Type inference complex scenarios - A BigQuery example

Today at work I had a funny bug to triage using Google BigQuery, and documentation in this regard is scarce so I thought maybe can be of use to others, even if I'm not 100% sure of the reasoning behind.

Anyway, here it goes: In BigQuery you can have arrays of structs, and there are quite a few operations you can do with those arrays. I was extending a query that builds an array from aggregating some values into a simple struct with a few fields. The resulting aggregate (built with ARRAY_AGG) was stored (as items in the sample code below) and later used (to populate a user defined function but that's unrelevant except for the detail that it expects either a NULL or an ARRAY with the {start, finish}-like STRUCT.

The original query was something like follows:

WITH
    listing AS (
        SELECT
            ARRAY_AGG(
                STRUCT (
                    TIMESTAMP(start) AS start,
                    TIMESTAMP(finish) AS finish
                )
            ) AS items
        FROM
            table1
    )

[...]

SELECT 
    listing1.items
[...]

listing1.items can return two possible types:

  • An ARRAY of STRUCT with start and finish
  • An ARRAY of NULL instead of STRUCT, or something that gets inferred as NULL

Now, my change was to add another source of items, from a certain table2 and to be used in the same "final SELECT" at the end. BigQuery provides the ARRAY_CONCAT function to concatenate two of more arrays containing the same type inside. So my first iteration was to simply do another named subquery, and concat upon going to use them.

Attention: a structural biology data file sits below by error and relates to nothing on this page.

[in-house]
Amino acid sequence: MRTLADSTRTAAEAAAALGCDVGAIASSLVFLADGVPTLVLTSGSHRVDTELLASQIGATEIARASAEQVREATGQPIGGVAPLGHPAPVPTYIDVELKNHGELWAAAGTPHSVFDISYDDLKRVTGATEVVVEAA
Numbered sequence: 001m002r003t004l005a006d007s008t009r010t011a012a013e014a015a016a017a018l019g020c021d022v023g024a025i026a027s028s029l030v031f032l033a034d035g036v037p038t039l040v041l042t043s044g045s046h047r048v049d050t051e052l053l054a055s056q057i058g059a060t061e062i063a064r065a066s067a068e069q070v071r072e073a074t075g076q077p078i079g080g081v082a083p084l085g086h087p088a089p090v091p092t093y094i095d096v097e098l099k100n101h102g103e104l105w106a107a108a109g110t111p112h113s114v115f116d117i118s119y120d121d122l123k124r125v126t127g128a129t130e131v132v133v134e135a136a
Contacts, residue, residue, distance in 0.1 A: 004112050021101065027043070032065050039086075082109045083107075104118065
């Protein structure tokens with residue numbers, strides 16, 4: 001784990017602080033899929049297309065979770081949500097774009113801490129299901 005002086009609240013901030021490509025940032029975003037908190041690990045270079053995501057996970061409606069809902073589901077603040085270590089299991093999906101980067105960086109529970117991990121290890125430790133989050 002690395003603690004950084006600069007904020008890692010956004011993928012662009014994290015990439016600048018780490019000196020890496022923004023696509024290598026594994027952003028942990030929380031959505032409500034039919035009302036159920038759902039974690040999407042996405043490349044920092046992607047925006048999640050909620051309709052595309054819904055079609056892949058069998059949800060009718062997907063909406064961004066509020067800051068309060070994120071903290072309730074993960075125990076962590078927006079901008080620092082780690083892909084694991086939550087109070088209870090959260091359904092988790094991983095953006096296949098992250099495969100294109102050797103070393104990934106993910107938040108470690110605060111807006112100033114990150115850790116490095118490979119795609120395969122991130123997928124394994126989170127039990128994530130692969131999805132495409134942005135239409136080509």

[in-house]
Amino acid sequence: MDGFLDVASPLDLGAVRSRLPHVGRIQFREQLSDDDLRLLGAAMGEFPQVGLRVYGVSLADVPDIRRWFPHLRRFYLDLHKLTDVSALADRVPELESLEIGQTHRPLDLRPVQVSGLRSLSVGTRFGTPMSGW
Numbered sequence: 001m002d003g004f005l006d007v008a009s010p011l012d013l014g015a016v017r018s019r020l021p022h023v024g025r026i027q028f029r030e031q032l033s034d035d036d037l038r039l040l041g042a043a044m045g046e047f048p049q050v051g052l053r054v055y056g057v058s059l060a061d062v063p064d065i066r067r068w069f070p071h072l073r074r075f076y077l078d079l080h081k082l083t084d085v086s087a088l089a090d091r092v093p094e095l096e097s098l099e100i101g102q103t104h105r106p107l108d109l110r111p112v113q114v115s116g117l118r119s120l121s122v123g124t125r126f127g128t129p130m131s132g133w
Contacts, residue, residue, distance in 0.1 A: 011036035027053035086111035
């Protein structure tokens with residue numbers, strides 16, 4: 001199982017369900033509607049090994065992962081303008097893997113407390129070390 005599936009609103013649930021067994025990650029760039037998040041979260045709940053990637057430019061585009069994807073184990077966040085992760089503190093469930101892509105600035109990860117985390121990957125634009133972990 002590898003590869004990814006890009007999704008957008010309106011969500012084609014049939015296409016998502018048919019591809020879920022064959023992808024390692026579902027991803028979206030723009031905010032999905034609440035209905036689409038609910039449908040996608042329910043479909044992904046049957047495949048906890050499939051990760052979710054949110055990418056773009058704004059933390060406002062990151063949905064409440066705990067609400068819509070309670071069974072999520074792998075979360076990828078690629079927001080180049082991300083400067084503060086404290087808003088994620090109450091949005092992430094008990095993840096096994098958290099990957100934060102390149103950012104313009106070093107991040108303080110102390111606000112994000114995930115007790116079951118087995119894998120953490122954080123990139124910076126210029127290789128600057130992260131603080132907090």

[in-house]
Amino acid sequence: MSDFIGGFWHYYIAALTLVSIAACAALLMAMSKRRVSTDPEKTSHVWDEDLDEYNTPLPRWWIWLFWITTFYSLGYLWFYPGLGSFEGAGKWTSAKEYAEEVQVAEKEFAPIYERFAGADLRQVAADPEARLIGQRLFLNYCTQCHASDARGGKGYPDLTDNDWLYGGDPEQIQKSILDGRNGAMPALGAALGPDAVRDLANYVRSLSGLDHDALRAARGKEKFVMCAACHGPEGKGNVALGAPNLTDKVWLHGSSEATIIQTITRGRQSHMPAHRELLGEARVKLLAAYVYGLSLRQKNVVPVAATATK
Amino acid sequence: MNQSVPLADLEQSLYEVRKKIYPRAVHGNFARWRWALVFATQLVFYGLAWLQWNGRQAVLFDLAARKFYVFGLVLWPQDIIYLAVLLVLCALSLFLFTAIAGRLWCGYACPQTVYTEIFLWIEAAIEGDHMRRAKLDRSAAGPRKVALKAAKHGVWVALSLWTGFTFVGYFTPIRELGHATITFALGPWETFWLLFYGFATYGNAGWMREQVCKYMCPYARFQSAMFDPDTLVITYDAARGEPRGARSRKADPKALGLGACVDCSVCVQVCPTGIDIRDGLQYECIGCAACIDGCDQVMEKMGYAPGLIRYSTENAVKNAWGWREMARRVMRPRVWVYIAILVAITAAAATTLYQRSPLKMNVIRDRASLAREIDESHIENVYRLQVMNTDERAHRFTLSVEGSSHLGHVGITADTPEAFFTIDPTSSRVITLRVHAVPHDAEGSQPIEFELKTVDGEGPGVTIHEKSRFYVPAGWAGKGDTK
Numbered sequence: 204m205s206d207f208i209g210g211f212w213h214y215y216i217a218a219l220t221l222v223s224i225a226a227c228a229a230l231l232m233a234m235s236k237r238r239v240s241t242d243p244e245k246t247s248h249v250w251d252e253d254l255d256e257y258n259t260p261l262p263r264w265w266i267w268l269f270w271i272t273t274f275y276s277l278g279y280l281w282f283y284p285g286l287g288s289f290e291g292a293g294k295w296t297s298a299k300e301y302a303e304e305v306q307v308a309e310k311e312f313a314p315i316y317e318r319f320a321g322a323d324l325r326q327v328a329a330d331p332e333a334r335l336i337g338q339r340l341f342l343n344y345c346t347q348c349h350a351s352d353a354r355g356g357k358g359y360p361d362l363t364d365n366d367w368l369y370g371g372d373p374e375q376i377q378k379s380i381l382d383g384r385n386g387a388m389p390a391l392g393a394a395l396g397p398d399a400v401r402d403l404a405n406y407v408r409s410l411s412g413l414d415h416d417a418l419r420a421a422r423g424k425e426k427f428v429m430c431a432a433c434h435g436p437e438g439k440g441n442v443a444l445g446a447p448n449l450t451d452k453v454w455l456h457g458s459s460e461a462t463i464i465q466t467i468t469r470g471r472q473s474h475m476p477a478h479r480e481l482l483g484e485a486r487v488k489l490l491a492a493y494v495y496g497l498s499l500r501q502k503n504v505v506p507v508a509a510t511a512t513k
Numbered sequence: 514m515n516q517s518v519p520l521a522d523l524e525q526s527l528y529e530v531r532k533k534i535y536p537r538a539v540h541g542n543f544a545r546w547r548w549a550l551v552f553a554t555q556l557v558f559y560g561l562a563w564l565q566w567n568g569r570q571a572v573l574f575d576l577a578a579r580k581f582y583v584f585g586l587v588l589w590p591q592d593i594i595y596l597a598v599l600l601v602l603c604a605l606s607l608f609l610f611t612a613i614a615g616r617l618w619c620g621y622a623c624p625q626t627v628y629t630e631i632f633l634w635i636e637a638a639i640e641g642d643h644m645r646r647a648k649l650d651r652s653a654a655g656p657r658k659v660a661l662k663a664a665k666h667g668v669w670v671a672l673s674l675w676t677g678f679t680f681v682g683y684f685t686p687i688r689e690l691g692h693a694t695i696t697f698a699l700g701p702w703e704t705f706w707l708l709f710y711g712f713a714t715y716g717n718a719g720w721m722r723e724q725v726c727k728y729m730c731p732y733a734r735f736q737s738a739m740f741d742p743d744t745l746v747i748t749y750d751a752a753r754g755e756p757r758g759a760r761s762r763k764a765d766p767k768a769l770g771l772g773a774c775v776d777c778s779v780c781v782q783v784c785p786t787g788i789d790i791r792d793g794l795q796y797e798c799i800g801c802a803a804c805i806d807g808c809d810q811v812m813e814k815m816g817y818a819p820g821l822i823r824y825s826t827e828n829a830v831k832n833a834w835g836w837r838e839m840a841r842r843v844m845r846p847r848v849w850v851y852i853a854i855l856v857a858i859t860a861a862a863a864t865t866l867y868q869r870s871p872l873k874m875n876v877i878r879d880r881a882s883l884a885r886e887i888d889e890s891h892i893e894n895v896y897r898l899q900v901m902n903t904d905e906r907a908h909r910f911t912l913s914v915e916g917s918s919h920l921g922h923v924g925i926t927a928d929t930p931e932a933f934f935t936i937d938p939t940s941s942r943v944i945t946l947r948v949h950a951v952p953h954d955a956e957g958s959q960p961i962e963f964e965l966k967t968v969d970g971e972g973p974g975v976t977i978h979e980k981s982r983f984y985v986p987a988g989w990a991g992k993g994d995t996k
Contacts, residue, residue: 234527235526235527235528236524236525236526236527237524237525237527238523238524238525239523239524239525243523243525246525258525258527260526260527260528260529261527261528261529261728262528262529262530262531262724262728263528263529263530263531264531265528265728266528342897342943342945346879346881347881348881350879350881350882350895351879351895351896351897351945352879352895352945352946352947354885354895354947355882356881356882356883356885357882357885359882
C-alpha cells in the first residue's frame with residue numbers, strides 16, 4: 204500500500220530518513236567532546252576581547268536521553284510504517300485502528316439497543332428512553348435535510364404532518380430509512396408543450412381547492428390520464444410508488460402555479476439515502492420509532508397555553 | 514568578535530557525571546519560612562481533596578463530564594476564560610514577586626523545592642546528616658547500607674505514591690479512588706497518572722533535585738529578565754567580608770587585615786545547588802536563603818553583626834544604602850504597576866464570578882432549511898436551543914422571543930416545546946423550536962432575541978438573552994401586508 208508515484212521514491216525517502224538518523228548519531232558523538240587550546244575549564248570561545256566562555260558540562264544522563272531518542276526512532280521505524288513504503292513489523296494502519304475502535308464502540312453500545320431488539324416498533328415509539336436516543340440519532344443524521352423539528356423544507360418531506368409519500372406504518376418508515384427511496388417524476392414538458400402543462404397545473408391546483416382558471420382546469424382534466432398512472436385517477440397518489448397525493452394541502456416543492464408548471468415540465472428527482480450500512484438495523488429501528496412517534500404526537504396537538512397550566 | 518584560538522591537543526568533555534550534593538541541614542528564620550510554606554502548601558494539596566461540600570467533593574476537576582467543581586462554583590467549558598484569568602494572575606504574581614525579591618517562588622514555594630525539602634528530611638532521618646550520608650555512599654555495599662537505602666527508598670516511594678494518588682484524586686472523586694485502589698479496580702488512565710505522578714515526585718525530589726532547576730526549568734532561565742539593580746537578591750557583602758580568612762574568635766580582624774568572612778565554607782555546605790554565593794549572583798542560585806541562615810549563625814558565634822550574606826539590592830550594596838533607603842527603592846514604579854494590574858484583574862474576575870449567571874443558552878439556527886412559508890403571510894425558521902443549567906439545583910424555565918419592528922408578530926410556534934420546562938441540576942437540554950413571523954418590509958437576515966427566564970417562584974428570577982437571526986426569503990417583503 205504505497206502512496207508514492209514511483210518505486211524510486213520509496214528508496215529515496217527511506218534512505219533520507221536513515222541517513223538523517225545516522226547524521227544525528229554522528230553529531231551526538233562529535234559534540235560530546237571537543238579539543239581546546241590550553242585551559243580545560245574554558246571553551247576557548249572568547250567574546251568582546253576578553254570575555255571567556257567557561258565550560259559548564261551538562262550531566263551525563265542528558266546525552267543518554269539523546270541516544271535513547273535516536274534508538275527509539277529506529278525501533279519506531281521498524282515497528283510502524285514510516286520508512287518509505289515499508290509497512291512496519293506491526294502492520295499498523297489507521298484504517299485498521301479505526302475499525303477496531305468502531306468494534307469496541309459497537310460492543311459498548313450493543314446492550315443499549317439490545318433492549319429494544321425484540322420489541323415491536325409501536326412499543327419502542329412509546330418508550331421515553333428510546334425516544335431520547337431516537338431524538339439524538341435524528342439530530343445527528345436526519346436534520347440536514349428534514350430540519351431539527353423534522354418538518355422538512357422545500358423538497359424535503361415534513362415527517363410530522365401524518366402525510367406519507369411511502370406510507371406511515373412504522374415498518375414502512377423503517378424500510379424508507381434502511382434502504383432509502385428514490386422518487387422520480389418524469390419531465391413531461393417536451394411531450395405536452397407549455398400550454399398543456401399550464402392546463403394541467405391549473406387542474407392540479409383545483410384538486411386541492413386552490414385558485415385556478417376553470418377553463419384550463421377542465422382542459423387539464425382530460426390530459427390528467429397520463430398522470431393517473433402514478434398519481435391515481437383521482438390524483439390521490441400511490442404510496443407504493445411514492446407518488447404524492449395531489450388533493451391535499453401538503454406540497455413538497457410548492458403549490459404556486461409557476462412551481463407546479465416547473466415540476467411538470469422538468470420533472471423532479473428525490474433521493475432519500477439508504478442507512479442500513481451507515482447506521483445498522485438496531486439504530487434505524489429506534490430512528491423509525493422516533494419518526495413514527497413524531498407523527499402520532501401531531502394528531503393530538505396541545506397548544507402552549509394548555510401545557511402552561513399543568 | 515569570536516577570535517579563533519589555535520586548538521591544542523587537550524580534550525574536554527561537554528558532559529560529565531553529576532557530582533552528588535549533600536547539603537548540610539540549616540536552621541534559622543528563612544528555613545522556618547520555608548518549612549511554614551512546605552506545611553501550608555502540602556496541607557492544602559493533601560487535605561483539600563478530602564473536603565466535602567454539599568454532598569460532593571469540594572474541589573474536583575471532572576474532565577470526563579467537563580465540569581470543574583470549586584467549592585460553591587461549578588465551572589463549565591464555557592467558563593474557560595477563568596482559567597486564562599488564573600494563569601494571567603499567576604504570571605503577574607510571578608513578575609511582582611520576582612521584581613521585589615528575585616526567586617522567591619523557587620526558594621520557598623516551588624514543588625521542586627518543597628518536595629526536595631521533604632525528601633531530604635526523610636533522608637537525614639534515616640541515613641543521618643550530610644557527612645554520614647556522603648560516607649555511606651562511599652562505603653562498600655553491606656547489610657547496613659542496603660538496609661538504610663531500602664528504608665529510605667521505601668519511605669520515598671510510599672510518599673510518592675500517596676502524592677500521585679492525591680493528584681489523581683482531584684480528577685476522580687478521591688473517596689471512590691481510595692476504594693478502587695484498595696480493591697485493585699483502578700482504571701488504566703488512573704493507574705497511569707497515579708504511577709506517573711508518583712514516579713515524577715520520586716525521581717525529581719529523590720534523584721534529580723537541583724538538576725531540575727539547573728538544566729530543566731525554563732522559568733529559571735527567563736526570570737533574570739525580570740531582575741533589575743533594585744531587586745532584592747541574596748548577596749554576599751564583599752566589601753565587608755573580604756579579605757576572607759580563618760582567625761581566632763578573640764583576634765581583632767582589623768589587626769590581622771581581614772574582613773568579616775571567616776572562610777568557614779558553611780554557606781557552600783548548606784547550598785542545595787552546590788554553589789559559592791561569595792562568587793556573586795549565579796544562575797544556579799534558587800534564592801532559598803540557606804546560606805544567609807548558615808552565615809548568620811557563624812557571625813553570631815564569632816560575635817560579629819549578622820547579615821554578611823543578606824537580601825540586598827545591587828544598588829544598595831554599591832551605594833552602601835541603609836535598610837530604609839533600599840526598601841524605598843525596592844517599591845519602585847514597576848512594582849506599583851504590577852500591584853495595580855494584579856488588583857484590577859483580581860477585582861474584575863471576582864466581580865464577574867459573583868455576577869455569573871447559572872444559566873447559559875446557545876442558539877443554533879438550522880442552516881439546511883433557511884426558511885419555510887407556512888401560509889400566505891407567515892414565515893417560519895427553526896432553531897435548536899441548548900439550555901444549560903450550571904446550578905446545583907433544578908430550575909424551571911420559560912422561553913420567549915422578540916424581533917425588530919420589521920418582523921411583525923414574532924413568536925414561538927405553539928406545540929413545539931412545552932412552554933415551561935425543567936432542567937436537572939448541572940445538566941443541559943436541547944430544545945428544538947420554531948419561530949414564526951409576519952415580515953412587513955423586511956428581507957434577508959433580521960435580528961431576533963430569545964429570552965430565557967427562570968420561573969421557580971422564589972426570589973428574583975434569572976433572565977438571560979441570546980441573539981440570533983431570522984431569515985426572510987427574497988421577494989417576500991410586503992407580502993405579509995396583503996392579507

I found that ARRAY_AGG doesn't returns a "valid" empty array because if you try to ARRAY_CONCAT(ARRAY_AGG(...) AS a, ARRAY_AGG(...) AS b) if either a or b have no data they'll cause the full concatenation to return "something NULL". So I add a IFNULL(..., []) check and voila! it works (note that a COALESCE(..., []) would also work).

The following code is correct and produces the expected result:

WITH
    listing1 AS (
        SELECT
            ARRAY_AGG(
                STRUCT (
                    TIMESTAMP(start) AS start,
                    TIMESTAMP(finish) AS finish
                )
            ) AS items
        FROM
            table1
    ),
    listing2 AS (
        SELECT
            ARRAY_AGG(
                STRUCT (
                    TIMESTAMP(start) AS start,
                    TIMESTAMP(finish) AS finish
                )
            ) AS items
        FROM
            table2
    )

[...]

SELECT 
    ARRAY_CONCAT(
        IFNULL(listing1.items, []),
        IFNULL(listing2.items, [])
    )
[...]

Now, one of my colleages correctly pointed out that I could move the null-handling logic inside of the subquery, so that the subselect always contains/returns a valid array. Something like this:

WITH
    listing1 AS (
        SELECT
            IFNULL(
                ARRAY_AGG(
                    STRUCT (
                        TIMESTAMP(start) AS start,
                        TIMESTAMP(finish) AS finish
                    )
                ),
                []
            ) AS items
        FROM
            table1
    ),
    listing2 AS (
        SELECT
            IFNULL(
                ARRAY_AGG(
                    STRUCT (
                        TIMESTAMP(start) AS start,
                        TIMESTAMP(finish) AS finish
                    )
                ),
                []
            ) AS items
        FROM
            table2
    )

[...]

SELECT 
    ARRAY_CONCAT(
        listing1.items,
        listing2.items
    )
[...]

And when I tested the query... no results. It failed, same as if I had put no IFNULL() check at all. I did a few tests and had no way of making it work other than leaving the checks where the ARRAY_CONCAT was made: